The woman suffered non-life threatening injuries and was transported to a hospital in Cody, Wyoming.
The woman and her daughter “accidentally approached the bison as they were returning to their car at the trailhead” near Storm Point in Yellowstone Lake, “causing the bison to rush,” the National Parks Department United States said.
Parks officials said: “This incident is still under investigation and there is no further information to share.”
On June 27, a 34-year-old Colorado man was gored by a bison around the Giant Geyser in Old Faithful, wounding his arm.
“The male was walking with his family on the boardwalk when a bison attacked the group,” park officials said. speak. “Family members did not leave the area, and the bison continued to rush forward and gouge the male.
Two other people were within 25 meters of the bison during the incident in May. Park regulations say visitors must stay more than 25 meters away.
Officials said: “As the bison walked near the boardwalk in the Black Sand Basin (just north of Old Faithful), the female, on the boardwalk, approached it. “Therefore, the bison rammed the woman and threw her 10ft into the air.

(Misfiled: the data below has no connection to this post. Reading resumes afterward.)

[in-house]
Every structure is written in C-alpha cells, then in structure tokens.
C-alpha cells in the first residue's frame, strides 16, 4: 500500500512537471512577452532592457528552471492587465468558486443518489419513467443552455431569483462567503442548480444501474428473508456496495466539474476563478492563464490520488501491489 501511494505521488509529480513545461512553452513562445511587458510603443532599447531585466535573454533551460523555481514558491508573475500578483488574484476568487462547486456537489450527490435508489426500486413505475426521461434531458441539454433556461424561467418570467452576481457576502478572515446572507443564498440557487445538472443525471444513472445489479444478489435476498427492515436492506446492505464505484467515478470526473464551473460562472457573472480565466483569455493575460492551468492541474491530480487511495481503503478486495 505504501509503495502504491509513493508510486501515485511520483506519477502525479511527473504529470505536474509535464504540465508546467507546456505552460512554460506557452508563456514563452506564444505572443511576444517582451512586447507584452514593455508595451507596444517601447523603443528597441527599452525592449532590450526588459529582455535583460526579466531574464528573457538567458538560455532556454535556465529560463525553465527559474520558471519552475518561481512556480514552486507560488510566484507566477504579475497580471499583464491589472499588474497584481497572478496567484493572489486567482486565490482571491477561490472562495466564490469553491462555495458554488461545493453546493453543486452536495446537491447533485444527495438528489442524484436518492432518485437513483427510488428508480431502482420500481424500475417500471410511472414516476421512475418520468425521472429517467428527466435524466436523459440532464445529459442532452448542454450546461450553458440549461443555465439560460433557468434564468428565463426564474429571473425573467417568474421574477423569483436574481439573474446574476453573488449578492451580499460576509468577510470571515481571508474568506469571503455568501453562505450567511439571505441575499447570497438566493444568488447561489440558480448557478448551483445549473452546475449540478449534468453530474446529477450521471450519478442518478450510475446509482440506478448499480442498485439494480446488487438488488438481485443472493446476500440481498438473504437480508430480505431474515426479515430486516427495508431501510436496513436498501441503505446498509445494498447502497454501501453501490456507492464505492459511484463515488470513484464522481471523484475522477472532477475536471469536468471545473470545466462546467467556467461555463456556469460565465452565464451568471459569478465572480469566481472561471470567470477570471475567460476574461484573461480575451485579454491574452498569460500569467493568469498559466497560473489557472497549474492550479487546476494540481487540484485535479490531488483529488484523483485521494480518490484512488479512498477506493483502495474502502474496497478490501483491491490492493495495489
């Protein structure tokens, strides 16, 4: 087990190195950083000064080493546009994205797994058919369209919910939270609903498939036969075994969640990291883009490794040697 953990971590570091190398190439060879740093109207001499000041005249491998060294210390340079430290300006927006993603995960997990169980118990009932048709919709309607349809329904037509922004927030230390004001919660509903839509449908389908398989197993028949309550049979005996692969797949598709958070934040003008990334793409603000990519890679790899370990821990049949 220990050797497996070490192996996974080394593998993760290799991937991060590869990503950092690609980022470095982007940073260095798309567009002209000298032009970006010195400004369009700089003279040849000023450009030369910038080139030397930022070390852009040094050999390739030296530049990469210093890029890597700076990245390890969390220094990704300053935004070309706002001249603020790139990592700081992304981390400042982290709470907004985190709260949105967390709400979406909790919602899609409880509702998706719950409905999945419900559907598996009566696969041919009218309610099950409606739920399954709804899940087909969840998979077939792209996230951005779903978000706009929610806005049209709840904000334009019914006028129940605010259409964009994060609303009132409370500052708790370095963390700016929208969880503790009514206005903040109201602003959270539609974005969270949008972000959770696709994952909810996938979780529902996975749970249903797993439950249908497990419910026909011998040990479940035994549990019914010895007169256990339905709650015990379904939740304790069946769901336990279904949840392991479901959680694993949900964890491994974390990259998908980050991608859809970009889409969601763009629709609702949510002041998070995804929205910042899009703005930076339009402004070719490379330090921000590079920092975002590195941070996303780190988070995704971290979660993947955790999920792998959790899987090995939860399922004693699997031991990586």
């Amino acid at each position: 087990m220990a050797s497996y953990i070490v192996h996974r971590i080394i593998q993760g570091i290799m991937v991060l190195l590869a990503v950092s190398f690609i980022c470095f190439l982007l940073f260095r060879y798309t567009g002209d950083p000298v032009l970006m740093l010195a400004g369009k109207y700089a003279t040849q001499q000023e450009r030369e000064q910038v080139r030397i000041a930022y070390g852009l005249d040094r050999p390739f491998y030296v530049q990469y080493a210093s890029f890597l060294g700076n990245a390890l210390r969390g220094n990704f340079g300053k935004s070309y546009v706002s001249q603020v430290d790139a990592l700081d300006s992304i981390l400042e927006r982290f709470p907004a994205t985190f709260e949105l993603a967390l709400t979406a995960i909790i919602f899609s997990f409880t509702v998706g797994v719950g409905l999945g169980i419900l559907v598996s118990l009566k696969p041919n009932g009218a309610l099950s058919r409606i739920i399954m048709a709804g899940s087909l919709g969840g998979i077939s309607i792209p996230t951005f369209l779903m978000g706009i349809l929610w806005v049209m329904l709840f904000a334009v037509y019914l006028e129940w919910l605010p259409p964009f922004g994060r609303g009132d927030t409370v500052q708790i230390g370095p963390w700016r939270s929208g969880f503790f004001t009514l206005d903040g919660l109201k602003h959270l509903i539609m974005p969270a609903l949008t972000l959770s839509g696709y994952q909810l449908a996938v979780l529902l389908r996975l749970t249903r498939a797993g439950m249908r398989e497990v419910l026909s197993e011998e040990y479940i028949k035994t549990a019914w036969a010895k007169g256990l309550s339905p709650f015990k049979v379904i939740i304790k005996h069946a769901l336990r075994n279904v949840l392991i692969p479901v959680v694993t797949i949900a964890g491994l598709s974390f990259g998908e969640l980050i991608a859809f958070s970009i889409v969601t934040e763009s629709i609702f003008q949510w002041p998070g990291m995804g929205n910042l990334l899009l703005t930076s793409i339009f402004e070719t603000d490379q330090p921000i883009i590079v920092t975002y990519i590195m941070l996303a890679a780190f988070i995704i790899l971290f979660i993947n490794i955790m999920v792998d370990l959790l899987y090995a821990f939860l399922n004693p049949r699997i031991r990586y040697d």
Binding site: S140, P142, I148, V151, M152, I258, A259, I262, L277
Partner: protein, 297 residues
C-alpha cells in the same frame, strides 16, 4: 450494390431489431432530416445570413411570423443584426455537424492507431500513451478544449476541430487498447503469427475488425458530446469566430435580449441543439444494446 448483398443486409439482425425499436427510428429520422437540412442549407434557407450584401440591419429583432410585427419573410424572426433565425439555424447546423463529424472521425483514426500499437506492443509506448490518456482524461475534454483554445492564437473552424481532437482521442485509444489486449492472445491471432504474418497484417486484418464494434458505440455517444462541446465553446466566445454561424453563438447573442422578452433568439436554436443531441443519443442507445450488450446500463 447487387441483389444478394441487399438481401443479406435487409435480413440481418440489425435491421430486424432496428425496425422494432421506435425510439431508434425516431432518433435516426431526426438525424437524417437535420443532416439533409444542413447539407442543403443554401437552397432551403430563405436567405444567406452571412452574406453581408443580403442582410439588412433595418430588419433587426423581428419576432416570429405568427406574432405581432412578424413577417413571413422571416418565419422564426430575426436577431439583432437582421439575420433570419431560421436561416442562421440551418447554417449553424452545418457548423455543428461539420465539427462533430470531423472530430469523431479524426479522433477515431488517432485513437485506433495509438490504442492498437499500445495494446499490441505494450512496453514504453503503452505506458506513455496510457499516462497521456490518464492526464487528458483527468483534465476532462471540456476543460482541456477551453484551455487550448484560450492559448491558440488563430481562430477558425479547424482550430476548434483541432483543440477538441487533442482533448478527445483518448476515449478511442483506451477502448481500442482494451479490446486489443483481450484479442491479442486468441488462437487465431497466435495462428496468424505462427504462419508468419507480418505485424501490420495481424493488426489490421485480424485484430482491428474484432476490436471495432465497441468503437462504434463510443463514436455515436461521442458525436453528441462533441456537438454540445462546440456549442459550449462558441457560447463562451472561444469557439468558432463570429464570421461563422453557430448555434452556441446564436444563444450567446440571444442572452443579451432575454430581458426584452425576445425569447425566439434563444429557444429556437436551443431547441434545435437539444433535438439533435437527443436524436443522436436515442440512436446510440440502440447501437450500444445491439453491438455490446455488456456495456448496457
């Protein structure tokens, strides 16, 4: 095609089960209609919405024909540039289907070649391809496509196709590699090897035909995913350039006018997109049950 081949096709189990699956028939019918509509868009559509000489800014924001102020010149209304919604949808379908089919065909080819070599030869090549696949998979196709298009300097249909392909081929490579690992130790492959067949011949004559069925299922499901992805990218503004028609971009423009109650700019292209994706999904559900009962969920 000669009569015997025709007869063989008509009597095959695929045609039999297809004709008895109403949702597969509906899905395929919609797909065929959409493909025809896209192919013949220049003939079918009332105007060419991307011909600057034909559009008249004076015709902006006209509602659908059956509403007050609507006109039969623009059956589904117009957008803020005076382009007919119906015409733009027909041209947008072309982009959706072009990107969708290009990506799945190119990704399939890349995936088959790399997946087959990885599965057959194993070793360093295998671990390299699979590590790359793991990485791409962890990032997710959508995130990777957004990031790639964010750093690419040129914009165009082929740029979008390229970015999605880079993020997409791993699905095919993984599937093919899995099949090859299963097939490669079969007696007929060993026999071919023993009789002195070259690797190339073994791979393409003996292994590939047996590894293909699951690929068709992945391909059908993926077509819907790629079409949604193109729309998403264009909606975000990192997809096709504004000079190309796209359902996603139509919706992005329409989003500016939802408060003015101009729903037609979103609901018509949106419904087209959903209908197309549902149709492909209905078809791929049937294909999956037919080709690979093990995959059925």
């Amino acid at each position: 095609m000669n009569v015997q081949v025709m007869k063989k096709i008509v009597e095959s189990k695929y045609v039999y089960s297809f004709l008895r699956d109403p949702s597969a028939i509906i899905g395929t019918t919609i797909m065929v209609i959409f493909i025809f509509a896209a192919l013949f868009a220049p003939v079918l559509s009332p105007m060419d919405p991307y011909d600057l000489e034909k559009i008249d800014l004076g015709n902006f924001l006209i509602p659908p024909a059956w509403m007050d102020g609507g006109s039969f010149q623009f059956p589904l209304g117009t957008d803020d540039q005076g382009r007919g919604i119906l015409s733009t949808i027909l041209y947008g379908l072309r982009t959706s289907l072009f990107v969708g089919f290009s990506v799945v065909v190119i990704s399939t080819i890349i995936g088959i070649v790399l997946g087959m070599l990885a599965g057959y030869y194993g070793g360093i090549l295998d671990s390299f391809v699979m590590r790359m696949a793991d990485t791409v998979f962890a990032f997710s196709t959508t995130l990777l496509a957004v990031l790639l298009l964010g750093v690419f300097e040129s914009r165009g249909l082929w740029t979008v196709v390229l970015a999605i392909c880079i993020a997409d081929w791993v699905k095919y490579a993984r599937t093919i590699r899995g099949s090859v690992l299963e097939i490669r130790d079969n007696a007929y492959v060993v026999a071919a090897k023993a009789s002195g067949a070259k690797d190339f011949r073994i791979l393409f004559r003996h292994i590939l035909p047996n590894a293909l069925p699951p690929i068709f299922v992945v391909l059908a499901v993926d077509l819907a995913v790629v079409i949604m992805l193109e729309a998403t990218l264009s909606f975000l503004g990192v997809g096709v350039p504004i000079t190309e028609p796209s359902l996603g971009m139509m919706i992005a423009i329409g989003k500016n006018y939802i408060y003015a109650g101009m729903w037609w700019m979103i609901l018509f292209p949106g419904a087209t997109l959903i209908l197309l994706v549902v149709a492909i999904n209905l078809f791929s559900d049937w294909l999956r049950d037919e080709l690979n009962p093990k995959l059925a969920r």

Authorities warn that “wildlife in Yellowstone National Park is wild and can be dangerous to approach. When an animal is near a campground, trail, boardwalk, parking lot, or in a developed area, give it space.”
Officials recommend that visitors stay more than 25 meters away from all large wildlife, including bison, elk, bighorn sheep, moose, elk and coyotes. They warn that visitors should stay at least 100 meters away from wolves and bears.
“If necessary, turn around and walk in another direction to avoid contact with nearby wildlife,” travelers are advised. “The bison is unpredictable and can run three times faster than a human.”